Security Audit (by Jean Philippe Aumasson)

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Ergo Team

12 January, 2020

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We would like to announce that Ergo has successfully passed security audit of certain (most critical) parts of the code. This time the audit was done by Jean-Philipee Aumasson (aka veorq, https://aumasson.jp/ ).

The detailed report is below. Nothing critical is found. Comments on issues found:

  1. On wallet password, we'll provide a recommendation in next versions of the protocol client. Not sure hard enforcement on password will take place, but we'll do more consultations on this.

  2. Changing “n” and “k” parameters makes sense when launching new network only. Changing this parameters in mining node will make blocks produced invalid for other nodes. Changing this parameters in protocol client means going on another fork (blocks coming from the honest protocol participants will be rejected). So no need for extra checks maybe, as people launching new networks will set “n” and “k” properly.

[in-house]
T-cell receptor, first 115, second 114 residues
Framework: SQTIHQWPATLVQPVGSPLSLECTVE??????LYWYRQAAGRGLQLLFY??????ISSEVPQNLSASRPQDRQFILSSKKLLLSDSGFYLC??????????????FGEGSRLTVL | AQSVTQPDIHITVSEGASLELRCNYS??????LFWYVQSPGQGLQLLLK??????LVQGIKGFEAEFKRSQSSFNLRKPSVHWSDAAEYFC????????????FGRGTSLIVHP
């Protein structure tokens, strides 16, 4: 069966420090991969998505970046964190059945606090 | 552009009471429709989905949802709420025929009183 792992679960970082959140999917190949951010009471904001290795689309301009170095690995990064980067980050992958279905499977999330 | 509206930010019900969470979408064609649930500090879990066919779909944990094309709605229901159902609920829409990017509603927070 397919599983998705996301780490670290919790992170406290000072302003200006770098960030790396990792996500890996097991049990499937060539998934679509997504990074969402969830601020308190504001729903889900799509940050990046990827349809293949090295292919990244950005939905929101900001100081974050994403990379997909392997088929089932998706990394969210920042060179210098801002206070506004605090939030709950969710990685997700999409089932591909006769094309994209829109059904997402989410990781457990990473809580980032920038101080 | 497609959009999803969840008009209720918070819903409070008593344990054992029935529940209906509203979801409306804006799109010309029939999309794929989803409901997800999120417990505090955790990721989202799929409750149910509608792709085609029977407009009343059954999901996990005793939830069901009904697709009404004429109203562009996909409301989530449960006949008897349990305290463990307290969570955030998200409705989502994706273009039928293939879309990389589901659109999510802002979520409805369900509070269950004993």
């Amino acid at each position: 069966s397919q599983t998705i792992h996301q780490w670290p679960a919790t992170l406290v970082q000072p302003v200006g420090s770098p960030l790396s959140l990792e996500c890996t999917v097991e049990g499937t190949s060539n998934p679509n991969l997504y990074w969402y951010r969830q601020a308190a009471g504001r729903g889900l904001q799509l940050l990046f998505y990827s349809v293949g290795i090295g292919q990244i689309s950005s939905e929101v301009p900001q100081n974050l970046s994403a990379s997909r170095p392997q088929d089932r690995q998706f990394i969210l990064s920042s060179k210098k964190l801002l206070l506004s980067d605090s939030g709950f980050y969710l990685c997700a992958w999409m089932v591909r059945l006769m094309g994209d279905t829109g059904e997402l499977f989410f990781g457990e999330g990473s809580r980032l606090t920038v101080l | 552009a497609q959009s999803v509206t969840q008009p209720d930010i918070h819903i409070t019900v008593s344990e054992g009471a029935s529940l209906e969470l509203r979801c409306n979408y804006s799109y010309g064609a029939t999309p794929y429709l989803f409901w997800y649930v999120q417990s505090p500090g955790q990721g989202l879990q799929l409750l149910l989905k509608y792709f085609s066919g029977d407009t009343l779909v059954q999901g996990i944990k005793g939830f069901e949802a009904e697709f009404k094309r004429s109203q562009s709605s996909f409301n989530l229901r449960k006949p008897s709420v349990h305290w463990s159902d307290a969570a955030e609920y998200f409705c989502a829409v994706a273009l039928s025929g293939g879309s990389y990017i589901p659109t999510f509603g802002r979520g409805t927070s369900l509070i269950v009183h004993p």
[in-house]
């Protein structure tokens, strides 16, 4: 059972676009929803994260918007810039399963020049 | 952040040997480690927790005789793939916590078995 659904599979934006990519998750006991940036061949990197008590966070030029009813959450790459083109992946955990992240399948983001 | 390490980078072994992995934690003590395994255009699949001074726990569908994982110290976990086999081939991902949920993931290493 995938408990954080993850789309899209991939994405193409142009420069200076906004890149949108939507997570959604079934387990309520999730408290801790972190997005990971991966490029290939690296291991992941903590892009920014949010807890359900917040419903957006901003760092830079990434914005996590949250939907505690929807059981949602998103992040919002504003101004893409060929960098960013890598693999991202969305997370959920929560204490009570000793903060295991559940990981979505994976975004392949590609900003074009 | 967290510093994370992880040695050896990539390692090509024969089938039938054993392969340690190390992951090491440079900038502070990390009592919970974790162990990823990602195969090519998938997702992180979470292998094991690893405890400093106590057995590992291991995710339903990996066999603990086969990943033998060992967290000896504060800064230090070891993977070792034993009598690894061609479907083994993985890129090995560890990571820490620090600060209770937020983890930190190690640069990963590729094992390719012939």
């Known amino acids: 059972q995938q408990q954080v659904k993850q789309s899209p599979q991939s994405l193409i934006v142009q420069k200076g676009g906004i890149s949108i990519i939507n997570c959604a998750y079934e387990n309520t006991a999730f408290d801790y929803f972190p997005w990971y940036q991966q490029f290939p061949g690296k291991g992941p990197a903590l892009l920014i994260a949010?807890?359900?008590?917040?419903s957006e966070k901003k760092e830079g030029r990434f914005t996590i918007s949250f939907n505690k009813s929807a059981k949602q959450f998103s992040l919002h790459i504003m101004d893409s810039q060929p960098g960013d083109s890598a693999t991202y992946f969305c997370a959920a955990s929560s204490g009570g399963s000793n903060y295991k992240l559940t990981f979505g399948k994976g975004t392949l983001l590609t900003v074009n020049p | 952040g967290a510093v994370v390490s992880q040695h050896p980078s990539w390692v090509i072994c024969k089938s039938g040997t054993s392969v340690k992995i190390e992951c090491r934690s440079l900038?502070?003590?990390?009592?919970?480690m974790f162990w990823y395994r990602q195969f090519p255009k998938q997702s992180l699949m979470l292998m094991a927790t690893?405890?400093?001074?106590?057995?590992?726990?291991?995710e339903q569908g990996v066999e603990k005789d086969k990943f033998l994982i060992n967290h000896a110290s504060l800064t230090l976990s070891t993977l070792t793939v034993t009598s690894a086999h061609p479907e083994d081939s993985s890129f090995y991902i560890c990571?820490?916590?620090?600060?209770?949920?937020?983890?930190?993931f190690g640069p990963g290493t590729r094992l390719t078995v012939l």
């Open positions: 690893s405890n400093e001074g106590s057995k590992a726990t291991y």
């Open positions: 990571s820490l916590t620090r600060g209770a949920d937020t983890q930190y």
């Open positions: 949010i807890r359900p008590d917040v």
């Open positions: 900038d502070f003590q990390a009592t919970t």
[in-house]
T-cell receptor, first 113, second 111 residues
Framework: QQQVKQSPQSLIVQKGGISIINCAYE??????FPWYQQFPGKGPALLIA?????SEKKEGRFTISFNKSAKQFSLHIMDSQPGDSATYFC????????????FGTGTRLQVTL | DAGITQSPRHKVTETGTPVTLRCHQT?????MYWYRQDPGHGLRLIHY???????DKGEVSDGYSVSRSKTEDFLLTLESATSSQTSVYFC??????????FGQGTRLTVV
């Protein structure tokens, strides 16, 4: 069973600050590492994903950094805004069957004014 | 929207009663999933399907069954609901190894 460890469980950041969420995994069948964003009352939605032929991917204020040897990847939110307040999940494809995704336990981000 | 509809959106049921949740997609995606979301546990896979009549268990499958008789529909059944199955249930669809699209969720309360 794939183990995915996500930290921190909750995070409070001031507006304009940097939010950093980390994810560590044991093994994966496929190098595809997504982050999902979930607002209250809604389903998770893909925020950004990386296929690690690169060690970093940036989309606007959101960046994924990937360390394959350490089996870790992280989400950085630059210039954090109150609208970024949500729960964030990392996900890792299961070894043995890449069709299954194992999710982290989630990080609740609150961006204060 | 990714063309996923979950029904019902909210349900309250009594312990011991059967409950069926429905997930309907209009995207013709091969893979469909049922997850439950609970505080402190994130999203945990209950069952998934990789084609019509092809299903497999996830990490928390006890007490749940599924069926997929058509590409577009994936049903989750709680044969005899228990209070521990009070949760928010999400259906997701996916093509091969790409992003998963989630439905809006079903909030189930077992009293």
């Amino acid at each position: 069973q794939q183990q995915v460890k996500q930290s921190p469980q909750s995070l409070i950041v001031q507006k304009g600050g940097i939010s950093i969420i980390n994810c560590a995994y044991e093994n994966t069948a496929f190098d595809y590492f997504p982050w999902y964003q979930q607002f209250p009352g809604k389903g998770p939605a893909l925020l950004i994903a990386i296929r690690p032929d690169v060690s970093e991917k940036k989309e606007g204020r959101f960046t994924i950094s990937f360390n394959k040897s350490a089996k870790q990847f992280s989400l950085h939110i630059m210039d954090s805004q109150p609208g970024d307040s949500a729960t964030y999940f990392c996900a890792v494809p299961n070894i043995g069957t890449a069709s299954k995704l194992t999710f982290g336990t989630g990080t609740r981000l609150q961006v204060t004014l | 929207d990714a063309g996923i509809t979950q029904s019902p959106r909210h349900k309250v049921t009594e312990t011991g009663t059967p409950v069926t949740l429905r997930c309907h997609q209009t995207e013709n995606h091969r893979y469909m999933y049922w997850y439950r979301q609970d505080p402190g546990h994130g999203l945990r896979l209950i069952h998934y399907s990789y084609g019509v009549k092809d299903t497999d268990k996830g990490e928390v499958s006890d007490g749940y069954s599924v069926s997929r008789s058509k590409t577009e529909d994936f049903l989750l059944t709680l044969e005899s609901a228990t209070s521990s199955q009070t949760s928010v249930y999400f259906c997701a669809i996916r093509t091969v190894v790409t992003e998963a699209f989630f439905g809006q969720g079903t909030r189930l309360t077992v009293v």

3. Currently the Ergo node (as well as other blockchain protocol clients and wallets we're aware of, as well as cryptographic libraries we're using) do not provide protection from side-channel attacks running locally (e.g. timing attacks or memory inspection by malware or viruses). So please protect machines you're running wallets on!

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% Ergo security assessment % Jean-Philippe Aumasson % 07/Dec/19

Summary

We were solicited by Ergo to perform a security assessment of several components of their Ergo Platform:

  • Sigma protocol proofs creation and verification
  • Wallet's secure storage of secrets
  • Proof-of-Work validation

​This brief report summarizes our assessment and describes our findings and mitigation recommendations.

Sigma protocol proofs

​The Ergo protocol relies on ErgoScript, a scripting language supporting sigma-statements, which can be proven and verified through non-interactive proofs of knowledge.

These proofs are statements described as a tree of AND, OR, and threshold conditions, whose leaves are proofs of knowledge of a discrete-logarithm problem.

The proof of the sigma-statement is then made non-interactive thanks to the Fiat-Shamir transform.

This logic is specified in the ErgoScript paper, and the specific proving and verification routines described in its Appendix A.